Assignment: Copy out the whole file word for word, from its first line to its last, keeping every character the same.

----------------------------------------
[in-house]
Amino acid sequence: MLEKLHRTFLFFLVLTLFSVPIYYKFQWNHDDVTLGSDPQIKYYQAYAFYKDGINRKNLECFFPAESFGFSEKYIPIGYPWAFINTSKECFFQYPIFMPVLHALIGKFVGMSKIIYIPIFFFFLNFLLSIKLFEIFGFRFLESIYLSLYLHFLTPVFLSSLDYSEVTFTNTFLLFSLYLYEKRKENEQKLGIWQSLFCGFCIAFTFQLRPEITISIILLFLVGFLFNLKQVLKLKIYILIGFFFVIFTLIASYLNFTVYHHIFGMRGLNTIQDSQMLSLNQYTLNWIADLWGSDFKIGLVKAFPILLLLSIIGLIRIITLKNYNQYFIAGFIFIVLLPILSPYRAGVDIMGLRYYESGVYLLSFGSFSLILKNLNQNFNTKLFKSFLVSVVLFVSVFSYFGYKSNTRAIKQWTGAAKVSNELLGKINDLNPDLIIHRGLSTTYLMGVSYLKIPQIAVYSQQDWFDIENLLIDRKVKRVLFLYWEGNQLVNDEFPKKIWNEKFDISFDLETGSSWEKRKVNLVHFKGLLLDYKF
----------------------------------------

[in-house]
Amino acid sequence: MLEKLHRTFLFFLVLTLFSVPIYYKFQWNHDDVTLGSDPQIKYYQAYAFYKDGINRKNLECFFPAESFGFSEKYIPIGYPWAFINTSKECFFQYPIFMPVLHALIGKFVGMSKIIYIPIFFFFLNFLLSIKLFEIFGFRFLESIYLSLYLHFLTPVFLSSLDYSEVTFTNTFLLFSLYLYEKRKENEQKLGIWQSLFCGFCIAFTFQLRPEITISIILLFLVGFLFNLKQVLKLKIYILIGFFFVIFTLIASYLNFTVYHHIFGMRGLNTIQDSQMLSLNQYTLNWIADLWGSDFKIGLVKAFPILLLLSIIGLIRIITLKNYNQYFIAGFIFIVLLPILSPYRAGVDIMGLRYYESGVYLLSFGSFSLILKNLNQNFNTKLFKSFLVSVVLFVSVFSYFGYKSNTRAIKQWTGAAKVSNELLGKINDLNPDLIIHRGLSTTYLMGVSYLKIPQIAVYSQQDWFDIENLLIDRKVKRVLFLYWEGNQLVNDEFPKKIWNEKFDISFDLETGSSWEKRKVNLVHFKGLLLDYKF